Therefore, having a highly interconnected schema doesn't necessarily mean that the requirements are flawed. It can also suggest that you're dealing with a complex system. Or that you have identified many general requirements.

How to simplify the picture ?

A first step for mastering the complexity is to decide what you want to represent:

  • do you try to represent how the requirements are implemented in the system ? In this case, you can reduce the links you'll show in the diagram, by limiting the links to "is implemented in" relations. So if a general requirement is implemented in a utility module that provides the functionality to the other module, you would have only one link.
  • do you want to show how modules comply with requirements from the user perspective ? In this case you can't avoid links of type "is offered to the user by", which will multiply the links.

Another approach is to envisage categories of requirements. For example:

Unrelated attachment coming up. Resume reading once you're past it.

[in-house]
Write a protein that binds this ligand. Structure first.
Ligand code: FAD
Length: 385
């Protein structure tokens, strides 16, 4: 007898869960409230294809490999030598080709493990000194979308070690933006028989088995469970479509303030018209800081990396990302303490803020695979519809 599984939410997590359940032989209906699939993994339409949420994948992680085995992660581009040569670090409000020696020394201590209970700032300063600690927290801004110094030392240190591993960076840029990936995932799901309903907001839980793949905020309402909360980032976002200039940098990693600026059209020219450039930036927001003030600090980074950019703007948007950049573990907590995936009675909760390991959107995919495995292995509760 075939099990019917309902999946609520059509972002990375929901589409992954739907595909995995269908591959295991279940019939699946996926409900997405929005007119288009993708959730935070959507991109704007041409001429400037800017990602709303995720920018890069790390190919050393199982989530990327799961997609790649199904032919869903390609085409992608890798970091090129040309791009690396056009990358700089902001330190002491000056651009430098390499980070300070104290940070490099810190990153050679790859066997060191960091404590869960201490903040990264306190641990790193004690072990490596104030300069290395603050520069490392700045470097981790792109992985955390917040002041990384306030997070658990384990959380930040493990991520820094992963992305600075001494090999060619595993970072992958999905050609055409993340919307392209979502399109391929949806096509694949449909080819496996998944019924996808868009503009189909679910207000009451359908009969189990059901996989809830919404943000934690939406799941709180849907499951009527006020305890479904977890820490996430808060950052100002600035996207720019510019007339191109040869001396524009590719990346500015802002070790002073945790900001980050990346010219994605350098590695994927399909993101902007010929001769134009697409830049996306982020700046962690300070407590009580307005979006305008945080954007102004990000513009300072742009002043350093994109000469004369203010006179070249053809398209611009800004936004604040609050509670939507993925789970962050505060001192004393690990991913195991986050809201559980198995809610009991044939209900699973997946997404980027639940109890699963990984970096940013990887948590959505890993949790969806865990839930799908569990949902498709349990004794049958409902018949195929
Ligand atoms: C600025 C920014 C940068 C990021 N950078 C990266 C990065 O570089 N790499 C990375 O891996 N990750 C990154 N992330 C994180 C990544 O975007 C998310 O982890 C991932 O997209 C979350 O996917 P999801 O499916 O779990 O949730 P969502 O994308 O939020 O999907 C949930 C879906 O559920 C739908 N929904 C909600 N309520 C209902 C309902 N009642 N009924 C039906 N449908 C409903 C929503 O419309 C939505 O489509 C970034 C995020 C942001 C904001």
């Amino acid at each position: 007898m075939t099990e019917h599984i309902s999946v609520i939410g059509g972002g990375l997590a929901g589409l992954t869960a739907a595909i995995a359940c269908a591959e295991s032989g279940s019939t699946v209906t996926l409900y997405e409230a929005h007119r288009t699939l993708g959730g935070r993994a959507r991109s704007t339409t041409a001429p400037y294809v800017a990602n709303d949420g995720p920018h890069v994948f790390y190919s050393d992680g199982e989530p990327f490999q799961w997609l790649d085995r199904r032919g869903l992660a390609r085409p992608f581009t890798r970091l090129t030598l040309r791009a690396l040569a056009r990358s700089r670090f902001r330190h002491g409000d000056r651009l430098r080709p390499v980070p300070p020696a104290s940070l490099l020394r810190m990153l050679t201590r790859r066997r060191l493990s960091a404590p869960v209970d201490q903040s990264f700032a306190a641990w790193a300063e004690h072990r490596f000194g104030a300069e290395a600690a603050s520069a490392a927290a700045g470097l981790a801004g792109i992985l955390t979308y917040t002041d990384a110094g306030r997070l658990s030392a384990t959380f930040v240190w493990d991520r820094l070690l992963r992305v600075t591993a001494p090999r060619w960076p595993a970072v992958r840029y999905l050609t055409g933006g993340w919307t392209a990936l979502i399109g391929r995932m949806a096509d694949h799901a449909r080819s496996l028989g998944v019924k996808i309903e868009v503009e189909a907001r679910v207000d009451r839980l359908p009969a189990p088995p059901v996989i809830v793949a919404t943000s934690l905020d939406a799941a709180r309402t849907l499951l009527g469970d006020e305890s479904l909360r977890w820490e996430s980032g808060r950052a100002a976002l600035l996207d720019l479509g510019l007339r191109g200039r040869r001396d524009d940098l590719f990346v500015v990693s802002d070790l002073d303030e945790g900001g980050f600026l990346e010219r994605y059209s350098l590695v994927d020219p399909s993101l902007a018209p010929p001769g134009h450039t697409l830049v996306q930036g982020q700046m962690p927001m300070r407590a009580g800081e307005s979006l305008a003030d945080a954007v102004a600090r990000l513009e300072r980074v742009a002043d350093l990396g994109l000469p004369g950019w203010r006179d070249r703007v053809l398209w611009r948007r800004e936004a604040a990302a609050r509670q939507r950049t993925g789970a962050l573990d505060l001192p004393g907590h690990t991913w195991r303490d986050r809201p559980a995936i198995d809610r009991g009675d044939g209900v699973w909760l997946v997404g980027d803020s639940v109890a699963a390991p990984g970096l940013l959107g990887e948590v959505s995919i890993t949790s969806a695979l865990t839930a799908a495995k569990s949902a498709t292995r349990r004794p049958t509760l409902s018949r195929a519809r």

• general requirements non functional (expected in all modules)
  • use case requirements (transactional requirements, related to specific business functions: these would be expected in one module)
  • utility requirements (includes or extents, used in several different use cases: you'd expect these either in a utility module or in several modules)
  • user-interface requirements (expected in modules interacting with user interface modules)

How to use this this diagram to improve your system ?

So in general, high interconnections doesn't mean flawed requirements.

However, some fundamental theory on systems, like for example Herbert's Simon's "Science of the artificial", suggest that in an optimal structured system, one would expect more interrelation within a subsystem than between subsystems.

Therefore, if you draw only "is implemented in" links, and remove all the general requirements (or better, take only the use-case transactional requirements), then you should come more to a situation like the diagram to the left.

With such a simplified/filtered diagram, a high interconnection might suggest that either the use-cases requirements are flawed (still too general, or too ambiguous). Or that the grouping into modules was not ideally thought.

  • Ok, I've edited my answer accordingly – Christophe Apr 23 '17 at 14:37